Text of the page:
For patients with acute myeloid leukemia (AML), dose reduction and safety monitoring are recommended across all dosing phases when coadministering VFEND with venetoclax. Refer to the venetoclax prescribing information for dosing instructions.
Cyclosporine*
(CYP3A4 Inhibition)
AUCτ Significantly Increased; No Significant Effect on CmaxWhen initiating therapy with VFEND in patients already receiving cyclosporine, reduce the cyclosporine dose to one-half of the starting dose and follow with frequent monitoring of cyclosporine blood levels. Increased cyclosporine levels have been associated with nephrotoxicity. When VFEND is discontinued, cyclosporine concentrations must be frequently monitored and the dose increased as necessary.
Methadone (CYP3A4 Inhibition)IncreasedIncreased plasma concentrations of methadone have been associated with toxicity including QT prolongation. Frequent monitoring for adverse events and toxicity related to methadone is recommended during coadministration. Dose reduction of methadone may be needed.
Fentanyl (CYP3A4 Inhibition)IncreasedReduction in the dose of fentanyl and other long-acting opiates metabolized by CYP3A4 should be considered when coadministered with VFEND. Extended and frequent monitoring for opiate-associated adverse events may be necessary.
Alfentanil (CYP3A4 Inhibition)Significantly IncreasedAn increase in the incidence of delayed and persistent alfentanil-associated nausea and vomiting were observed when coadministered with VFEND. Reduction in the dose of alfentanil and other opiates metabolized by CYP3A4 (e.g., sufentanil) should be considered when coadministered with VFEND. A longer period for monitoring respiratory and other opiate-associated adverse events may be necessary.
Oxycodone (CYP3A4 Inhibition)Significantly IncreasedIncreased visual effects (heterophoria and miosis) of oxycodone were observed when coadministered with VFEND.
Reduction in the dose of oxycodone and other long-acting opiates metabolized by CYP3A4 should be considered when coadministered with VFEND. Extended and frequent monitoring for opiate-associated adverse events may be necessary.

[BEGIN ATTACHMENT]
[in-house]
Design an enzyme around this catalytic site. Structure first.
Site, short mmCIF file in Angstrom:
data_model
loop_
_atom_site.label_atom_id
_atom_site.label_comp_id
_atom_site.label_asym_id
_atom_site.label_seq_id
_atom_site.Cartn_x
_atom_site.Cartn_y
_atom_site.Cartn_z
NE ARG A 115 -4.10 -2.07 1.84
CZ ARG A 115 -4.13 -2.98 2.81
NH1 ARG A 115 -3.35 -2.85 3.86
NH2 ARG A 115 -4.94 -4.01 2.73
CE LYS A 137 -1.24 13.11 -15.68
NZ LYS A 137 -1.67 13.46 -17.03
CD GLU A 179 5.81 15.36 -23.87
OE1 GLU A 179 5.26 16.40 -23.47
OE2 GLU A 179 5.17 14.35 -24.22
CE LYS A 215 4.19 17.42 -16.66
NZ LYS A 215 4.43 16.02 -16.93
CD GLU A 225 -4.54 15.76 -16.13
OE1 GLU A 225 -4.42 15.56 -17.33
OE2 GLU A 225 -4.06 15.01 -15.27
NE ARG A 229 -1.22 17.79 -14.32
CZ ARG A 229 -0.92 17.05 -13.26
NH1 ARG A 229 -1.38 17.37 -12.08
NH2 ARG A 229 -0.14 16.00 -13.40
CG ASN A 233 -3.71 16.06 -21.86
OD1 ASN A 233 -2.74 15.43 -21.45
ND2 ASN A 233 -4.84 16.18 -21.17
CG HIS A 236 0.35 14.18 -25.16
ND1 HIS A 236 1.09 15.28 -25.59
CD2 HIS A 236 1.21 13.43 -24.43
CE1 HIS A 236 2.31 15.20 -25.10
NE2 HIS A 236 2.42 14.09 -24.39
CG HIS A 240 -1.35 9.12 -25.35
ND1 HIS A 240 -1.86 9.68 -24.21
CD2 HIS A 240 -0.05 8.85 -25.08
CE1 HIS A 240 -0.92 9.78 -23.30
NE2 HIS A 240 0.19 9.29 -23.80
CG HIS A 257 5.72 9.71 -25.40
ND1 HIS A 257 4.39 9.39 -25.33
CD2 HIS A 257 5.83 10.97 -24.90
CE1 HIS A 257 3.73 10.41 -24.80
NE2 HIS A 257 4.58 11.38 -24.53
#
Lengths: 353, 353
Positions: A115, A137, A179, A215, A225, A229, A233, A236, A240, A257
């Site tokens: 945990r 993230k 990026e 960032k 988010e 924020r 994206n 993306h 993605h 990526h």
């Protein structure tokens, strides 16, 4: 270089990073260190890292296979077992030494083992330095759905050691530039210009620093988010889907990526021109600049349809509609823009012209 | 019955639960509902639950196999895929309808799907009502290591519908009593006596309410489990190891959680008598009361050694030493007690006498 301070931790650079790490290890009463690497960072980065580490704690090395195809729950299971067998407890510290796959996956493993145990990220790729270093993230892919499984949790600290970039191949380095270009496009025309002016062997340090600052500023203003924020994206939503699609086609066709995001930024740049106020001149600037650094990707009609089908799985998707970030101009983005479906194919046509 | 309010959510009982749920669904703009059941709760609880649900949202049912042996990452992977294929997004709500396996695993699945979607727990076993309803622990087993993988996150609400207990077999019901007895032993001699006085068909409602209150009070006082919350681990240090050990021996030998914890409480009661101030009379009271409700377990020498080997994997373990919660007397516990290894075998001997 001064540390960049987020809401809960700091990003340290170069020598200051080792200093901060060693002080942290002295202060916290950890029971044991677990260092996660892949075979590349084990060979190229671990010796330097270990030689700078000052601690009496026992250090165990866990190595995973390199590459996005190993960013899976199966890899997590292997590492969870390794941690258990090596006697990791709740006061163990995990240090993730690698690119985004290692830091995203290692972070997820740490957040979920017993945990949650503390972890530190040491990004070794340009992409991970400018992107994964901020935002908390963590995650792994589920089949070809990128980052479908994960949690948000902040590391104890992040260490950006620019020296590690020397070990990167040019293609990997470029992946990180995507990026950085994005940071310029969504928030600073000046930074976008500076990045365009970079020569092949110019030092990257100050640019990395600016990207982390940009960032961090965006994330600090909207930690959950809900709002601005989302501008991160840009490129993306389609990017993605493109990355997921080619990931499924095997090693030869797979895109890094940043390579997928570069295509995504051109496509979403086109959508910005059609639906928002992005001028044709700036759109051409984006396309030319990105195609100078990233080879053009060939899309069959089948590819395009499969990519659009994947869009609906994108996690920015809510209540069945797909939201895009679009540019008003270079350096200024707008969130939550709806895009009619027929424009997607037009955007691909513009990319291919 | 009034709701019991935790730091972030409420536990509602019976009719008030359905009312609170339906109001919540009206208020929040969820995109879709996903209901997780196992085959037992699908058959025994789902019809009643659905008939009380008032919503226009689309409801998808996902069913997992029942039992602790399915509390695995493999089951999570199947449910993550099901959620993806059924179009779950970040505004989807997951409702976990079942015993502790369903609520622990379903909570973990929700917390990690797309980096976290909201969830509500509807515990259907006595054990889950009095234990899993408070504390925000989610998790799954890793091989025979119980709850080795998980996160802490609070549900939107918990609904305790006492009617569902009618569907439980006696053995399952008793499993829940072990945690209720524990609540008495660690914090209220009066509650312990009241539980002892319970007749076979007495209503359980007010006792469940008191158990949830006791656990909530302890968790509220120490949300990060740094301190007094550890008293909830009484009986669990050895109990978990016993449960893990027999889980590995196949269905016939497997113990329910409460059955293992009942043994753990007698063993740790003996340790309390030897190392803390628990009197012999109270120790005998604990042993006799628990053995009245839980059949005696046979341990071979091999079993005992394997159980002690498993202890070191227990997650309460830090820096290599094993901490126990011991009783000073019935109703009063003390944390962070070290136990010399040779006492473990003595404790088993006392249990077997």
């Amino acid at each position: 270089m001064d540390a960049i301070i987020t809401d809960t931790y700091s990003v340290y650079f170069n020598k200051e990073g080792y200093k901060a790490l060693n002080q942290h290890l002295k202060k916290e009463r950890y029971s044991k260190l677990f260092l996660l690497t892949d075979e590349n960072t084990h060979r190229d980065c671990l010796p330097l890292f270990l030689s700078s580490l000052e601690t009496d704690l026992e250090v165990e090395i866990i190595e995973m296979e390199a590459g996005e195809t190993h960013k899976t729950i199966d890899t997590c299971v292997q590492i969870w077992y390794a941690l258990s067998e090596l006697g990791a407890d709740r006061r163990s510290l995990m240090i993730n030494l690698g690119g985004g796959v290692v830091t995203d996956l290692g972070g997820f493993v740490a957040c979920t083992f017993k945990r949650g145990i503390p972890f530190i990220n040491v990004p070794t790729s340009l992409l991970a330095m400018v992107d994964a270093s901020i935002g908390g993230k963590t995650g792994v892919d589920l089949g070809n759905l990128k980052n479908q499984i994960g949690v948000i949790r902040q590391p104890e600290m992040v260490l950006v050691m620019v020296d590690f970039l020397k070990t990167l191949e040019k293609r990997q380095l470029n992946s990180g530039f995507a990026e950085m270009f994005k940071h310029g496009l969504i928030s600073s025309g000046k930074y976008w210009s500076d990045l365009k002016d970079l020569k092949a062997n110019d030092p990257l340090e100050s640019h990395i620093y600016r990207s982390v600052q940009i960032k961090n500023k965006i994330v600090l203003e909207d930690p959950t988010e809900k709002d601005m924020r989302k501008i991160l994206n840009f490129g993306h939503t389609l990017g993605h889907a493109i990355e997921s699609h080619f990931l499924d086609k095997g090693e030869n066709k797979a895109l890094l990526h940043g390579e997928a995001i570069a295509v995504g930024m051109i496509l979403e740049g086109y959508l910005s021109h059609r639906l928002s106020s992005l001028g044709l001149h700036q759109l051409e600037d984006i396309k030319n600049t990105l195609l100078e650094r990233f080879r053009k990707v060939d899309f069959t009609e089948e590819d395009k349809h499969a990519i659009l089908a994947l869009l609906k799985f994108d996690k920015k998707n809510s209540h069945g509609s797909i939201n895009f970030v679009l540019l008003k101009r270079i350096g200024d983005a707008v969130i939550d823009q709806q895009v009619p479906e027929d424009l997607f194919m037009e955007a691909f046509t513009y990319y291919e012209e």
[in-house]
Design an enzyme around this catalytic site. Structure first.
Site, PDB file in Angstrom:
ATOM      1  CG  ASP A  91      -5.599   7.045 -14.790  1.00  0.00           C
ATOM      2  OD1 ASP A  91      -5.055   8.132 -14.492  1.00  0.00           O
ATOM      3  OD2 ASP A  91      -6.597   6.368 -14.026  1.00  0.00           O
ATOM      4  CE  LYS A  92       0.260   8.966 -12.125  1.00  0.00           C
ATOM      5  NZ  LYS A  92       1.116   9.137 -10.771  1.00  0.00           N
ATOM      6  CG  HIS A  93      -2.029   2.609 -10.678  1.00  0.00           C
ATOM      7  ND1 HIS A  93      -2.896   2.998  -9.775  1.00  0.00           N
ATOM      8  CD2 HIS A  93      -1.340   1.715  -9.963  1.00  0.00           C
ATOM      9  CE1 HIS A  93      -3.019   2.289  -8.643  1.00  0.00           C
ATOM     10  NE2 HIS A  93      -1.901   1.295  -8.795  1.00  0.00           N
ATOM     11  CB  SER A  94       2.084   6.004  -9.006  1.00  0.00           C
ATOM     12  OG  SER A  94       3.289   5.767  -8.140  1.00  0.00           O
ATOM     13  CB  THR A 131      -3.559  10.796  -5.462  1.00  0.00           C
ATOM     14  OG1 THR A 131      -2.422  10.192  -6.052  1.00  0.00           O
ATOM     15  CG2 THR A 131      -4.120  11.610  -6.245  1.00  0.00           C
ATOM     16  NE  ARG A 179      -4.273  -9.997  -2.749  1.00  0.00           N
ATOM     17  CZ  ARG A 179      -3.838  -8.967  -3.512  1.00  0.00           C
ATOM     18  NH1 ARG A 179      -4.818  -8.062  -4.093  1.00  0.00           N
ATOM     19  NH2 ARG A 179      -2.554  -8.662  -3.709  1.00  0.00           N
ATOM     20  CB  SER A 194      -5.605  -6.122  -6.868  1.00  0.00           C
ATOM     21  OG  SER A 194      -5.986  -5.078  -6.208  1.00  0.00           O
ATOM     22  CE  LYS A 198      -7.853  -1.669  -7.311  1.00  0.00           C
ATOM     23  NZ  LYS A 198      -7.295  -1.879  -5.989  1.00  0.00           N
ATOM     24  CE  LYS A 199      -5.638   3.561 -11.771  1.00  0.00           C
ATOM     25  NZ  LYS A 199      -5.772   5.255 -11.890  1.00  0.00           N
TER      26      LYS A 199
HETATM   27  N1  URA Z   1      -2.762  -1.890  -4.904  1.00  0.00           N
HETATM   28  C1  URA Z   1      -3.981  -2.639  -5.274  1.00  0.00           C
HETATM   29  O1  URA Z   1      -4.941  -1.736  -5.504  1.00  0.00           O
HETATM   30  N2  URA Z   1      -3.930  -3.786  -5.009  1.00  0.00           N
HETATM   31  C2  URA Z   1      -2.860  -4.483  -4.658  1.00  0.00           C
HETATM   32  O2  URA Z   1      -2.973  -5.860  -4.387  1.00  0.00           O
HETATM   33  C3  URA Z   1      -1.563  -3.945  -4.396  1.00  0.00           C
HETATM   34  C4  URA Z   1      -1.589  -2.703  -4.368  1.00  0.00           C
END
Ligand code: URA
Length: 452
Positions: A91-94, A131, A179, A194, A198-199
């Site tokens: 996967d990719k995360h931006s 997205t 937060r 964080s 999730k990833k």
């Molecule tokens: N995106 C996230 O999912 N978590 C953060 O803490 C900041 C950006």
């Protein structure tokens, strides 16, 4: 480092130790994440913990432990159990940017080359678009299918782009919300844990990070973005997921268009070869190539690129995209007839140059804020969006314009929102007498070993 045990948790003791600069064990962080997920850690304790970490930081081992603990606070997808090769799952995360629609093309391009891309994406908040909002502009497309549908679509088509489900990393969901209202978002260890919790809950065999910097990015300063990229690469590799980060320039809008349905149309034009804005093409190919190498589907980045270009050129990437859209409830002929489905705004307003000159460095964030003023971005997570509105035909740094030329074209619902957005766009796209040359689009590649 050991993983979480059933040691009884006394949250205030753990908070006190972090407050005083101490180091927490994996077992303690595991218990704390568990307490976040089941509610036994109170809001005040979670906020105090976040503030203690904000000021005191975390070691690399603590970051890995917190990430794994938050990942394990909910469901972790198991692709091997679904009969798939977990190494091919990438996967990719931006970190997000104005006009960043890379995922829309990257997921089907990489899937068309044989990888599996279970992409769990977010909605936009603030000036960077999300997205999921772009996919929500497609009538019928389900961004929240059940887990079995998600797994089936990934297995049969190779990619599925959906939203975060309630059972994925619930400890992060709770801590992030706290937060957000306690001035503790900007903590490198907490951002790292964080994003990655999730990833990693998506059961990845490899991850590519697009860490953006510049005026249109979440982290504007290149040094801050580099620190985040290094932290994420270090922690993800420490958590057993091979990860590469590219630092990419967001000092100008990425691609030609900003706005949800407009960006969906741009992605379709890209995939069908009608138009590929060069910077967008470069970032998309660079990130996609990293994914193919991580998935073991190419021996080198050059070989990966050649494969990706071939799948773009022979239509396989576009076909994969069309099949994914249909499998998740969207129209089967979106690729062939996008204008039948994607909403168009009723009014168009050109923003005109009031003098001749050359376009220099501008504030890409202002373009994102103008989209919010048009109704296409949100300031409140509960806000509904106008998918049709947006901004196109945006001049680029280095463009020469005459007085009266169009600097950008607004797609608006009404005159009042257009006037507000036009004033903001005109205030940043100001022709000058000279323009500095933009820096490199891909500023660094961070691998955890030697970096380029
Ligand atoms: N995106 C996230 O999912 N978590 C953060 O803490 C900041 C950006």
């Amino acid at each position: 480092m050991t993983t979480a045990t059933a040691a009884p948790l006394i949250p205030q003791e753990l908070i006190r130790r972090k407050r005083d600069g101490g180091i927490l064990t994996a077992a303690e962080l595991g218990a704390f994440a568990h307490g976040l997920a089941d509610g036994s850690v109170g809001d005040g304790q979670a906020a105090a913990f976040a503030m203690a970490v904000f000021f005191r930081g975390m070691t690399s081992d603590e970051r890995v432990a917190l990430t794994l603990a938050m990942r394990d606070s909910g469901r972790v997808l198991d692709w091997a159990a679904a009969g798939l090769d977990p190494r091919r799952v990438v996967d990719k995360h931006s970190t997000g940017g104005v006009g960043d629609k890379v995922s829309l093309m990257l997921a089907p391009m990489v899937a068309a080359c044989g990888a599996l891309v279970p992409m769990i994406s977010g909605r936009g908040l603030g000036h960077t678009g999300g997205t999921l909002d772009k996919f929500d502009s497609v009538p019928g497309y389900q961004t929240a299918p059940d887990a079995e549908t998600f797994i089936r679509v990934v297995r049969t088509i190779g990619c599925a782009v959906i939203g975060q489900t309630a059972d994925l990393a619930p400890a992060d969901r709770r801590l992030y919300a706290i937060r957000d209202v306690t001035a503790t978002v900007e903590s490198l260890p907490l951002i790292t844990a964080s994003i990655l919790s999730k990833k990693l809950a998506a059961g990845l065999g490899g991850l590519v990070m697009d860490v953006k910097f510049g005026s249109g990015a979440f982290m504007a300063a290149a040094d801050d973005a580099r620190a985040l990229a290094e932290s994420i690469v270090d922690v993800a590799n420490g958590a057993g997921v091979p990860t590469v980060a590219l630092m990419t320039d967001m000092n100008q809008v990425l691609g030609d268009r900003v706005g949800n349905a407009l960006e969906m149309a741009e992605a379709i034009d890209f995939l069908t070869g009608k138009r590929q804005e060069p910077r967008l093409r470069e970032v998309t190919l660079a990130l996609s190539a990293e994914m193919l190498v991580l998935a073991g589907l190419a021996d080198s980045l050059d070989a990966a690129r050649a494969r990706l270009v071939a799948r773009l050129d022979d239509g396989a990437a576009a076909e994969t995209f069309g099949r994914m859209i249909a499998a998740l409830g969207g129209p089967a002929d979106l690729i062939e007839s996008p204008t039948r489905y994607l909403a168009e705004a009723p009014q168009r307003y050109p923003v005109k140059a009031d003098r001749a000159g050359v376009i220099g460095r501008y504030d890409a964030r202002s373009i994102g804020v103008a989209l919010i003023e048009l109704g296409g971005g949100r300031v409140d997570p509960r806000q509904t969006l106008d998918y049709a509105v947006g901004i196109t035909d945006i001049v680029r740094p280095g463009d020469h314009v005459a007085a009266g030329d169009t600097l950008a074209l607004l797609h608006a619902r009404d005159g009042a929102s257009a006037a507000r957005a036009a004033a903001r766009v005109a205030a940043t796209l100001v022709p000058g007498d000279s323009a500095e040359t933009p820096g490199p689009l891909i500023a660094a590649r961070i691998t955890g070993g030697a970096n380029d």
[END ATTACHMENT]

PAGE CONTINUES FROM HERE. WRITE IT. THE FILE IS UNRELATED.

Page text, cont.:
NSAIDs§ including. ibuprofen and diclofenac
(CYP2C9 Inhibition)
IncreasedFrequent monitoring for adverse events and toxicity related to NSAIDs. Dose reduction of NSAIDs may be needed.
Tacrolimus*
(CYP3A4 Inhibition)
Significantly IncreasedWhen initiating therapy with VFEND in patients already receiving tacrolimus, reduce the tacrolimus dose to one-third of the starting dose and follow with frequent monitoring of tacrolimus blood levels. Increased tacrolimus levels have been associated with nephrotoxicity. When VFEND is discontinued, tacrolimus concentrations must be frequently monitored and the dose increased as necessary.
Phenytoin*
(CYP2C9 Inhibition)
Significantly IncreasedFrequent monitoring of phenytoin plasma concentrations and frequent monitoring of adverse effects related to phenytoin.
Oral Contraceptives containing ethinyl estradiol and norethindrone (CYP3A4 Inhibition)IncreasedMonitoring for adverse events related to oral contraceptives is recommended during coadministration.
Prednisolone and other corticosteroids
(CYP3A4 Inhibition)
In Vivo Studies Showed No Significant Effects of VFEND on Prednisolone Exposure
Not Studied In vitro or In vivo for Other Corticosteroids, but Drug Exposure Likely to be Increased
No dosage adjustment for prednisolone when coadministered with VFEND [see Clinical Pharmacology (12.3)].
Monitor for potential adrenal dysfunction when VFEND is administered with other corticosteroids [See Warnings and Precautions (5.8)].
Warfarin*
(CYP2C9 Inhibition)